Doomed Grooms: Gay Husbands of Straight Wives is a self-help book that discusses the tragedy of women who discover their husbands are homosexual. It explains the loss of sexual and self-esteem and guides women through the mourning and recovery process.
"According to Leanne Payne, there is if homosexuality is seen for what it really is, and is then dealt with in light of Scripture - as a condition to be repented of, forgiven, and healed through Christ." "Written with the author's usual depth and compassion, this book brings a message of hope to those who suffer from homosexual neurosis and teaches those who minister to them how to pray effectively for their healing. Leanne Payne uncovers the root problems of homosexuality, reveals the major barriers to inner healing, and tells how healing prayer is the key to experiencing Christ's forgiveness and recovering a true sexual identity."--BOOK JACKET.Title Summary field provided by Blackwell North America, Inc. All Rights Reserved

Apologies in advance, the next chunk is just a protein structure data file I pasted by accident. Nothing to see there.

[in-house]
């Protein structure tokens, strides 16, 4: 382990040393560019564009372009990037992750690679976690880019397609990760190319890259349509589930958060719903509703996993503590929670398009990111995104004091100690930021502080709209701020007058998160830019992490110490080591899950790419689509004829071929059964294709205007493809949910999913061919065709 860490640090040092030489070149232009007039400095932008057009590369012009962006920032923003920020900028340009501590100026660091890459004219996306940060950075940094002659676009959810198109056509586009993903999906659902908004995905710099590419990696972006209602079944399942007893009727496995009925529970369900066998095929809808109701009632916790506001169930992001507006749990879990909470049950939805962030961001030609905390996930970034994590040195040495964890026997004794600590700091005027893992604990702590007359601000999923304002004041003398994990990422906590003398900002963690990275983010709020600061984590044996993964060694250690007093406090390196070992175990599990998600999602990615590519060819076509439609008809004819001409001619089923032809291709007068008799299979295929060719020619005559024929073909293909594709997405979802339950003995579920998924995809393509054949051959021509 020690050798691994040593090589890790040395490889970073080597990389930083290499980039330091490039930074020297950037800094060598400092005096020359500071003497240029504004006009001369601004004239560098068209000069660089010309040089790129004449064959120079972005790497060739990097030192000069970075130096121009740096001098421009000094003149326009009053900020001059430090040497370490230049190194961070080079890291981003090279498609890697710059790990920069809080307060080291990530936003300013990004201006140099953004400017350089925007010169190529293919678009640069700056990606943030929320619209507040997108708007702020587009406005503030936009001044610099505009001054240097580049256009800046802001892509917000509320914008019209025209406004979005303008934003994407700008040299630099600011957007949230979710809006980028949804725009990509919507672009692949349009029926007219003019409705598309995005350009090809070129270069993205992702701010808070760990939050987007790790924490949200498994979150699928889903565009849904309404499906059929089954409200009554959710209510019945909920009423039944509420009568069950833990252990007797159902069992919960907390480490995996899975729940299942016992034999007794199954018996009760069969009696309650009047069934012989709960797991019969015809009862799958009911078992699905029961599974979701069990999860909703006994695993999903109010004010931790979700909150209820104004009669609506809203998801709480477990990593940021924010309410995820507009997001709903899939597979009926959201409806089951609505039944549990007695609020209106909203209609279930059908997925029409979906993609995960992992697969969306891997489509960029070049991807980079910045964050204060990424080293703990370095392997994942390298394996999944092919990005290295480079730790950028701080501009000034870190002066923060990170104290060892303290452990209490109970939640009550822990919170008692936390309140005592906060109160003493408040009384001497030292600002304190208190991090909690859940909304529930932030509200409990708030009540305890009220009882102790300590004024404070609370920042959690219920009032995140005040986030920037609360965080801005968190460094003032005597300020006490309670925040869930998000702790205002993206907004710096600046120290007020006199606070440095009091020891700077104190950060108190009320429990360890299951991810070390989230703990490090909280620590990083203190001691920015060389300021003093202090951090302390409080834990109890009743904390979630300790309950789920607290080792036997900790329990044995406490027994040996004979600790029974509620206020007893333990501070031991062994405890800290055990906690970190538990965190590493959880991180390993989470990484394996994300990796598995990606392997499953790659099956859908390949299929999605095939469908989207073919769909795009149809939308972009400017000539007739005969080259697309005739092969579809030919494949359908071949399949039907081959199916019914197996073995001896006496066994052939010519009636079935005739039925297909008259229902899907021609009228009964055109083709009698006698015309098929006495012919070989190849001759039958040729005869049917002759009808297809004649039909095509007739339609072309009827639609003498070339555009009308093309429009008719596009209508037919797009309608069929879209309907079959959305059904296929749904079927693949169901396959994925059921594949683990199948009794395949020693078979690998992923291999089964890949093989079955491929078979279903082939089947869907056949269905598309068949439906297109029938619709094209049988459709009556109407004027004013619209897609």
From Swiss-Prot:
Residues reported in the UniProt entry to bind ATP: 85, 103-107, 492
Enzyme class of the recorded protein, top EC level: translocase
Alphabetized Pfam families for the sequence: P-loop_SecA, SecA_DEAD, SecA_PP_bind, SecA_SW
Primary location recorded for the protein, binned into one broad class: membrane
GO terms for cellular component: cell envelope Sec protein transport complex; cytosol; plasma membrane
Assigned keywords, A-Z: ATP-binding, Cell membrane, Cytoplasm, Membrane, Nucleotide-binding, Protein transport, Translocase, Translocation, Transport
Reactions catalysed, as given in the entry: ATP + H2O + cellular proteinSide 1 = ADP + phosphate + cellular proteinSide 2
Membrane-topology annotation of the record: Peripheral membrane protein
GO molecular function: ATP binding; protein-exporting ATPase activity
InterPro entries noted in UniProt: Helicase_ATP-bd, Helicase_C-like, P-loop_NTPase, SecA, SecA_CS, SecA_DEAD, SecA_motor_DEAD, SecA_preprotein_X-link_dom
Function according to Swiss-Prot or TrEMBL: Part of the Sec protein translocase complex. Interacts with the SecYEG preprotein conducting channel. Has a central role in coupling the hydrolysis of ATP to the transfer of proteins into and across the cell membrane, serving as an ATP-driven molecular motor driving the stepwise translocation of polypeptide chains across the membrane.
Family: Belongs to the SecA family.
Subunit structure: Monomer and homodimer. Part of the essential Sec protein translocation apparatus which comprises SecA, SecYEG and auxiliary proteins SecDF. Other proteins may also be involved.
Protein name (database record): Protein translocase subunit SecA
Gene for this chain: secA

“Heterosexuality,” assumed to denote a universal sexual and cultural norm, has been largely exempt from critical scrutiny. In this boldly original work, Jonathan Ned Katz challenges the common notion that the distinction between heterosexuality and homosexuality has been a timeless one. Building on the history of medical terminology, he reveals that as late as 1923, the term “heterosexuality” referred to a "morbid sexual passion," and that its current usage emerged to legitimate men and women having sex for pleasure. Drawing on the works of Sigmund Freud, James Baldwin, Betty Friedan, and Michel Foucault, The Invention of Heterosexuality considers the effects of heterosexuality’s recently forged primacy on both scientific literature and popular culture. “Lively and provocative.”—Carol Tavris, New York Times Book Review “A valuable primer . . . misses no significant twists in sexual politics.”—Gary Indiana, Village Voice Literary Supplement “One of the most important—if not outright subversive—works to emerge from gay and lesbian studies in years.”—Mark Thompson, The Advocate